On July 5, 1932, the couple hosted a gathering at the mansion, and accounts at the time said that after hours of partying with bootleg liquor, most of the guests headed home. In a story for the Virginian-Pilot in the 1980s, longtime North Carolina reporter Mason Peters wrote that Reynolds and Holman argued that night, possibly over a suspected dalliance between Holman and Reynolds’ friend and aide Albert “Ab” Walker, who was at the house.
Shortly after midnight, a single shot from a .32-caliber handgun was heard from the master bedroom on the second floor. Holman and Walker took Reynolds to the hospital, where he died a few hours later.
The investigation: The death originally was treated as a suicide, but Holman was summoned before a coroner’s jury, where she said she remembered the pistol being at Reynolds’ head and she remembered him falling onto her on the bed, but little else. In August, the jury indicted Holman — who was pregnant — and Walker for first-degree murder.
The charges were dropped after the family indicated it would not object, because it would be difficult to prove whether Reynolds’ death had been a suicide or a murder. It was widely understood at the time that the child Holman carried could later be the grounds for an ugly fight over the millions that Reynolds would have inherited had he lived.
After negotiations with Holman, Reynolds’ siblings used their shares of his estate, $7.5 million, to create the Z. Smith Reynolds Foundation in his honor in 1936. Family members later made additional gifts to the foundation, and it is now one of the largest in the U.S., giving millions of dollars a year aimed at “improving the quality of life for all North Carolinians.” The first grant went to fight venereal disease. In 2016, the foundation paid out more than $553 million in grants to organizations across the state.
Recent developments: In late August, Reynolda House Museum of American Art, located in the Reynolds mansion in Winston-Salem where Smith Reynolds died, will open a small exhibit in the basement telling Reynolds’ story from his birth into the famous tobacco family to his hobnobbing with Charles Lindbergh to his 17,000-mile solo flight from London to Hong Kong. The exhibit includes Reynolds’ logbook from that historic journey. The museum also has launched a new app, Reynolda Revealed, with photos and oral history from the family that includes a tour stop focused on Smith Reynolds’ death.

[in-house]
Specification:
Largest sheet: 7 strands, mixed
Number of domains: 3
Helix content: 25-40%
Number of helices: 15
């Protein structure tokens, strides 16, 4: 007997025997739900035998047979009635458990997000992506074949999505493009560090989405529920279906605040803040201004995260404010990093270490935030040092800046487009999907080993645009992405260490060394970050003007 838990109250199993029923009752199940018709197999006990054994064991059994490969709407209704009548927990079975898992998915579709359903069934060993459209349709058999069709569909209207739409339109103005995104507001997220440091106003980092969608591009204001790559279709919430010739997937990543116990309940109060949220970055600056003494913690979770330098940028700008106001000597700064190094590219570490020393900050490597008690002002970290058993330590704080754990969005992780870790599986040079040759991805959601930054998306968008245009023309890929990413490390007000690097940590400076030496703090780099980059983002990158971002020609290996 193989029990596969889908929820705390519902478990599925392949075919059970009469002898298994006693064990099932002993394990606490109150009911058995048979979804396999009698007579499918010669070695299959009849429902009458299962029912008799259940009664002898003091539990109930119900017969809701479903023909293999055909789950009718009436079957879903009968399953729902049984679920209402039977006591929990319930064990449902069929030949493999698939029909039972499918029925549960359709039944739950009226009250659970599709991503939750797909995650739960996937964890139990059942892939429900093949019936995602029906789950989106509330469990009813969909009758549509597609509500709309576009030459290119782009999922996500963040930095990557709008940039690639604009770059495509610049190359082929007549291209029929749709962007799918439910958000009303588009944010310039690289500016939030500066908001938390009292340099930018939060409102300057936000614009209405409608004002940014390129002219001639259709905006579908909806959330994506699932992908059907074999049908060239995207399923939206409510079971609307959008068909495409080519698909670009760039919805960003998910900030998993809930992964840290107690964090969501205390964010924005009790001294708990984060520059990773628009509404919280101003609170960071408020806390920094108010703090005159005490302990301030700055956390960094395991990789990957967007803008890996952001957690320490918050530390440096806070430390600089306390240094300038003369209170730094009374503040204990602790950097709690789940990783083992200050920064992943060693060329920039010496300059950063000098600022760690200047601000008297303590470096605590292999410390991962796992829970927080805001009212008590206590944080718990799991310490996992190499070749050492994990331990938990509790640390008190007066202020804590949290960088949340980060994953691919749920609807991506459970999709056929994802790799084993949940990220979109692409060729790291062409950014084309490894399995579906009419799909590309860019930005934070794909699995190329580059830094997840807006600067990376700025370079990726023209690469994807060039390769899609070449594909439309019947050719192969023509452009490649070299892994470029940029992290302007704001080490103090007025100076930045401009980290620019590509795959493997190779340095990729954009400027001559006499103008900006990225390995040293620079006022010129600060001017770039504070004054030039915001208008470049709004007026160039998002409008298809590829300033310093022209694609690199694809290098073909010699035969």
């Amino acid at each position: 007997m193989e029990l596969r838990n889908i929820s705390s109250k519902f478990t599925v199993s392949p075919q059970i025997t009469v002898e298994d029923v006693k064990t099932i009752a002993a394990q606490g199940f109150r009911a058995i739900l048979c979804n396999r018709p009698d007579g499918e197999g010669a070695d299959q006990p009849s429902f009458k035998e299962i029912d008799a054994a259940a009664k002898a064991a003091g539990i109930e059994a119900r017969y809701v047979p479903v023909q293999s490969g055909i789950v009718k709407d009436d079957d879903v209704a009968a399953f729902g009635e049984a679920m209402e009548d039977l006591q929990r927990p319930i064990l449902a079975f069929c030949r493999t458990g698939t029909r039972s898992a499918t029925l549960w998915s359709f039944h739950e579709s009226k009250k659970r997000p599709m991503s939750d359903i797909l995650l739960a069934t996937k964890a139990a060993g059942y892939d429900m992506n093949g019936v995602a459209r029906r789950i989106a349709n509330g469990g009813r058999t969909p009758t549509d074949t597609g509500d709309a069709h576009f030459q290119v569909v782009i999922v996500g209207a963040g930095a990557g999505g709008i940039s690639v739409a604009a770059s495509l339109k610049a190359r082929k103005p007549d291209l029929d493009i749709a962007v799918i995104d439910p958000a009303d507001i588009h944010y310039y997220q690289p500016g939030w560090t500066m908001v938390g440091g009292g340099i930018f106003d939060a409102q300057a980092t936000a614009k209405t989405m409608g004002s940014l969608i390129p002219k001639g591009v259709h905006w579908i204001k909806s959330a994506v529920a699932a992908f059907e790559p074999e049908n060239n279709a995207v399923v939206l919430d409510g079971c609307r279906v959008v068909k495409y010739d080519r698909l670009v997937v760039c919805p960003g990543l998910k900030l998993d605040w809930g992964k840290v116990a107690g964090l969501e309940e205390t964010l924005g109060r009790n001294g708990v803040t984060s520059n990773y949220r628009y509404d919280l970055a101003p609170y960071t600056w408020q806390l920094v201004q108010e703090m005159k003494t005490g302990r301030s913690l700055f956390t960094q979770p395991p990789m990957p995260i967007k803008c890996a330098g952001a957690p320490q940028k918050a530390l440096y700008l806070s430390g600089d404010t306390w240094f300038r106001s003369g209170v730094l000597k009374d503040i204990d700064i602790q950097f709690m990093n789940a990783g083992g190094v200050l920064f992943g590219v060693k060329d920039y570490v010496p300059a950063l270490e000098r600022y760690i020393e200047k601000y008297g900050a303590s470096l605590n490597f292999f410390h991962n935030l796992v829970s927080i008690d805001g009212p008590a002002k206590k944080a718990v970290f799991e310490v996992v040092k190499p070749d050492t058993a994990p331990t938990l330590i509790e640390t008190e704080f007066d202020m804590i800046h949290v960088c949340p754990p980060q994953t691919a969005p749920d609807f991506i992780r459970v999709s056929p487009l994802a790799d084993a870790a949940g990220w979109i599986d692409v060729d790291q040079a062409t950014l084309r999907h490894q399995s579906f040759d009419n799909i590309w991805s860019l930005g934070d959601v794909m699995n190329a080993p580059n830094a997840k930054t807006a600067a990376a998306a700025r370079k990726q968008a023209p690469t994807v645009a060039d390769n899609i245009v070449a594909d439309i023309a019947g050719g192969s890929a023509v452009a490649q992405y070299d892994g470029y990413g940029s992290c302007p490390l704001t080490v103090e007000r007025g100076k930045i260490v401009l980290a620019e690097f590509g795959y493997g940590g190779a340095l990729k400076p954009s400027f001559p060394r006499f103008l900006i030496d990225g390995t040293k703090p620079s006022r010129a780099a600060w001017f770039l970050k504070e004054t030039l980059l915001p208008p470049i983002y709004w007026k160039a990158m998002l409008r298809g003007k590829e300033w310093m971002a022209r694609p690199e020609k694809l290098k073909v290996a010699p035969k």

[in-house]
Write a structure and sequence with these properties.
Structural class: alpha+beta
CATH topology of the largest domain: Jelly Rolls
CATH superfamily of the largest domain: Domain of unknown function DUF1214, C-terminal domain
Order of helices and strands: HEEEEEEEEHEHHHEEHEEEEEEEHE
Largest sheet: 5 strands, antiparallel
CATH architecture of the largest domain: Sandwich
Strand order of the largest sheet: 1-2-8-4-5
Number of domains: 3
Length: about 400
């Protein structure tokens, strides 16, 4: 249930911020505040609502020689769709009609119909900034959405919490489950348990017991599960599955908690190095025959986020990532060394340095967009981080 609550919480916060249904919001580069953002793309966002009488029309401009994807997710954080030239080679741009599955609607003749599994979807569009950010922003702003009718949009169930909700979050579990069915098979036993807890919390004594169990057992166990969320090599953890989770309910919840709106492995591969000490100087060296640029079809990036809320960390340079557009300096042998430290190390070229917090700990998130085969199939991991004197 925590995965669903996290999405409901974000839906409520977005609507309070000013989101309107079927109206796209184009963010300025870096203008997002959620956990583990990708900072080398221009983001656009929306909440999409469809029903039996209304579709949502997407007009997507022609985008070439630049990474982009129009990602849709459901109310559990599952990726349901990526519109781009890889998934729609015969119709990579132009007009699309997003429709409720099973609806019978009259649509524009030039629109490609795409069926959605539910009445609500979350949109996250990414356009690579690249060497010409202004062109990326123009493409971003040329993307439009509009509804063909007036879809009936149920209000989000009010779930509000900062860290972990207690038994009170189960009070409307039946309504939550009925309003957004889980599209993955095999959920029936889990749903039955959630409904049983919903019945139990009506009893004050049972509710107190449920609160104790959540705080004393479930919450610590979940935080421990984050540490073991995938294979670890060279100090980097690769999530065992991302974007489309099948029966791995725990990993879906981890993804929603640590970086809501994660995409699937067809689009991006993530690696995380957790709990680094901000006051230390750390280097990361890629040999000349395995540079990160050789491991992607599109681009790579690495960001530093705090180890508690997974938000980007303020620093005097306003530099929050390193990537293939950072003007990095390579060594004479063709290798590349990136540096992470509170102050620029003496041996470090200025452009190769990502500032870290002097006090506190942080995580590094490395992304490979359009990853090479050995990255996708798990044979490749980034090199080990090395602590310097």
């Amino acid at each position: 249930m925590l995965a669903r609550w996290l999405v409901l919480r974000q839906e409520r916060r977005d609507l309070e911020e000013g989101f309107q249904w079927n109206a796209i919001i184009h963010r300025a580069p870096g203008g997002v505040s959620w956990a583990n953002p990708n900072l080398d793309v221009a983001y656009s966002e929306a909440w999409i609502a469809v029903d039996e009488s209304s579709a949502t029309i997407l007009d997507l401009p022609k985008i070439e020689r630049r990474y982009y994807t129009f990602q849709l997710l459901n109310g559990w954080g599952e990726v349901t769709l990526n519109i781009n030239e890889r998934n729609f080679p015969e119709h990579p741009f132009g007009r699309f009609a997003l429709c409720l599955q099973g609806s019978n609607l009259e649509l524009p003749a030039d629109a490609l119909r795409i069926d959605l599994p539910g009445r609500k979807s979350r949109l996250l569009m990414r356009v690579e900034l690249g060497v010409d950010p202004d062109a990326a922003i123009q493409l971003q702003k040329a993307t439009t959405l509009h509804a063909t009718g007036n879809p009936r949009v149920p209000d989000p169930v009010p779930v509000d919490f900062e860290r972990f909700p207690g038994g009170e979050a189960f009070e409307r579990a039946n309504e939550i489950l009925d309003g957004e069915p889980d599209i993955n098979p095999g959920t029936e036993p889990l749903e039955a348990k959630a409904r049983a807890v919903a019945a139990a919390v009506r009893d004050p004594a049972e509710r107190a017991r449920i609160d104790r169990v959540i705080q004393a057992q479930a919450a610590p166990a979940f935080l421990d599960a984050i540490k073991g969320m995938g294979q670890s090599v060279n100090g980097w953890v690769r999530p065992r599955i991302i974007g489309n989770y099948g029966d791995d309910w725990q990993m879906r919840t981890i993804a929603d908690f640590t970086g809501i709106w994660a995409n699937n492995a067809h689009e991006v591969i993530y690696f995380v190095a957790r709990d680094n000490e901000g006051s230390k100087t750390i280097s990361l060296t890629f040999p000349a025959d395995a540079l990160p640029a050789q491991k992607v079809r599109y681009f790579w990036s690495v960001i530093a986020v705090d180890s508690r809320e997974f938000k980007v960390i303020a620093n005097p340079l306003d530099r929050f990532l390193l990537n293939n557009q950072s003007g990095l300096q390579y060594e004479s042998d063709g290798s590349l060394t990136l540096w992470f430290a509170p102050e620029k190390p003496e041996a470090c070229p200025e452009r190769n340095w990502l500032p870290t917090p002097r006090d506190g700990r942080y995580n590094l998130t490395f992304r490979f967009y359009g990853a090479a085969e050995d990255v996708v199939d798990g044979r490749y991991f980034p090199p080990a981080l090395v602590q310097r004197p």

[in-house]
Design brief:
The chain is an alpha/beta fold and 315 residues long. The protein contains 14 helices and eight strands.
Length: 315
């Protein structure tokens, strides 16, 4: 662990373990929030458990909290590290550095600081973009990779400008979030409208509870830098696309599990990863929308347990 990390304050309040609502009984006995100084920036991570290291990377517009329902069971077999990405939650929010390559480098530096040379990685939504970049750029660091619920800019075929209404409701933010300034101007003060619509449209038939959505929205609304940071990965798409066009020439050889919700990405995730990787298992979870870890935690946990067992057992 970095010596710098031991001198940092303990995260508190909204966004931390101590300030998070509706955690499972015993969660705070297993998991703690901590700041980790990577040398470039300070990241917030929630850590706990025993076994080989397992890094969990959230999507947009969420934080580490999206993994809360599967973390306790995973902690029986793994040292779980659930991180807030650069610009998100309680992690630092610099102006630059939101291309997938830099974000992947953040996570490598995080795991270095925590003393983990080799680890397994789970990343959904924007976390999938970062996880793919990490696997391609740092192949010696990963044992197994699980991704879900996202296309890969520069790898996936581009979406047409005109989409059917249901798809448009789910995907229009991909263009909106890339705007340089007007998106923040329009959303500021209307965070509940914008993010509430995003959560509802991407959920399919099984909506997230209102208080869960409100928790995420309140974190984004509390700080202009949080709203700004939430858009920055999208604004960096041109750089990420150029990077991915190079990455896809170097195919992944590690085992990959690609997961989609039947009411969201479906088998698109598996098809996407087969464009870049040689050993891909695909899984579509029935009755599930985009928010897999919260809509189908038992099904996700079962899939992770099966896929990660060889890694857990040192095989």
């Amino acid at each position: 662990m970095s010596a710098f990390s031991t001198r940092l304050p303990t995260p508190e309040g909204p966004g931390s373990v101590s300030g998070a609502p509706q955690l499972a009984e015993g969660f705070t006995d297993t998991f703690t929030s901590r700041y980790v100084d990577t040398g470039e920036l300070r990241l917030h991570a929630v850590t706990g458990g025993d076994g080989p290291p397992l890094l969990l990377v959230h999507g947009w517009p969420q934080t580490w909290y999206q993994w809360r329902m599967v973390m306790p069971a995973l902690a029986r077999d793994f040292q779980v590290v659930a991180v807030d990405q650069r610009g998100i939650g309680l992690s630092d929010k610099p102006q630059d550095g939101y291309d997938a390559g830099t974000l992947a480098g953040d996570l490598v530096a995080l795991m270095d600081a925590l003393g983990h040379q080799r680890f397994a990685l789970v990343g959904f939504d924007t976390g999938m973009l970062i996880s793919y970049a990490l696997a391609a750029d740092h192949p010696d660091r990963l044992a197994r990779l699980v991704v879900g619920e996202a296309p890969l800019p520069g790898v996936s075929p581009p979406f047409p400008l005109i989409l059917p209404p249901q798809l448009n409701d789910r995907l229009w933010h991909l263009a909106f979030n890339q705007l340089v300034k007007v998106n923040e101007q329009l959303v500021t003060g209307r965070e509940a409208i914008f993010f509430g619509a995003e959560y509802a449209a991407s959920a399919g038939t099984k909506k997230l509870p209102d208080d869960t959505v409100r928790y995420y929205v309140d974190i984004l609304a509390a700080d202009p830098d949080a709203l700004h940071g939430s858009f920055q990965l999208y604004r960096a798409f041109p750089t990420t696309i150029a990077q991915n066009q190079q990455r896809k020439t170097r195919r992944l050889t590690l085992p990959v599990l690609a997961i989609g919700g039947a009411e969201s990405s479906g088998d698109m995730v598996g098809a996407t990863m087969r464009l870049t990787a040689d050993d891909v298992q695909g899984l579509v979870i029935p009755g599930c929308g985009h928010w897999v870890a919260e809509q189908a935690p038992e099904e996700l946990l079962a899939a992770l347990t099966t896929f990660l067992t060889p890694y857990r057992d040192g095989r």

If you know something: Call the Winston-Salem Police Department’s Crime Stoppers line at 336-727-2800. —MQ
Murder in the BE-LO grocery
What happened: On the evening of June 6, 1993, the manager of the BE-LO grocery in Windsor locked up with a cashier and a four-person cleaning crew inside the store. A suspect hiding inside emerged with a gun and led the six employees to a back room where he bound them with duct tape, stacked them on top of each other in groups of two, and began shooting them.
The suspect shot four of the employees and stabbed another, stabbing him so hard that the knife broke off in his body. He then fled the store, taking $3,000 with him and leaving three dead, two injured and one unharmed.
The victims were Bud Cecil, store manager, shot dead; Joyce Reason, cashier, shot dead; Johnnie Rankins, cleaning crew, shot dead; Tony Welch, cleaning crew, shot but survived; Jasper Hardy, cleaning crew, stabbed but survived; and Thomas Hardy, cleaning crew, unharmed. After the suspect left, Welch crawled to the front of the store to call police.
The investigation: The survivors of the brutal attack gave a description to authorities that resulted in a composite sketch of an African American man with a slender build and a military-style haircut. Rumors persisted around town that the killer may have had a military or police background, but no strong suspects emerged.
Now-retired Bertie County Sheriff J. Wallace Perry told The Daily Reflector on the 25th anniversary of the slayings that he thinks too much stock was put in the composite sketch at the time — specifically, the description of the suspect’s nose, which was said to look like it had been injured.
Recent developments: There have been no recent developments, but the case is still open and there is a $30,000 reward for information that leads to the arrest and conviction of the killer.
If you know something: Call the Windsor Police Department at 252-794-3111 or the NC SBI at 800-334-3000. —BC
Abducted at the bus stop
What happened: Five-year-old Brittany Locklear disappeared from her family’s driveway in southern Hoke County on Jan. 7, 1998. The abduction happened while Brittany was waiting for the school bus at the end of her driveway. Brittany’s mother had been waiting with her but went inside for a moment to use the bathroom. When she returned, Brittany was gone.
After a massive search by authorities and hundreds of volunteers, Brittany’s naked body was found the next day in a drainage ditch on a farm road just three miles away. The child had been raped and drowned.
The investigation: Brittany’s parents were ruled out as suspects. A neighbor said she witnessed Brittany’s abduction and described the suspect as a white man driving a full-size pickup truck.
The Hoke County Sheriff’s Department worked with the State Bureau of Investigation and together they followed up on thousands of leads and interviewed every known child molester in a 50-mile radius.
Recent developments: In 2003, investigators identified their only suspect so far, a former firefighter for the Fort Bragg Fire Department who had photos of Brittany in his locker when arrested that year for bank robbery. They took a DNA sample but it didn’t match.
Hoke County Sheriff Hubert Peterkin told The Robesonian in 2009 that the department was “starting over with the case.”
If you know something: There is a $20,000 reward for information leading to the arrest and conviction of the person responsible for Brittany’s murder. Contact the NC SBI at 800-334-3000. —BC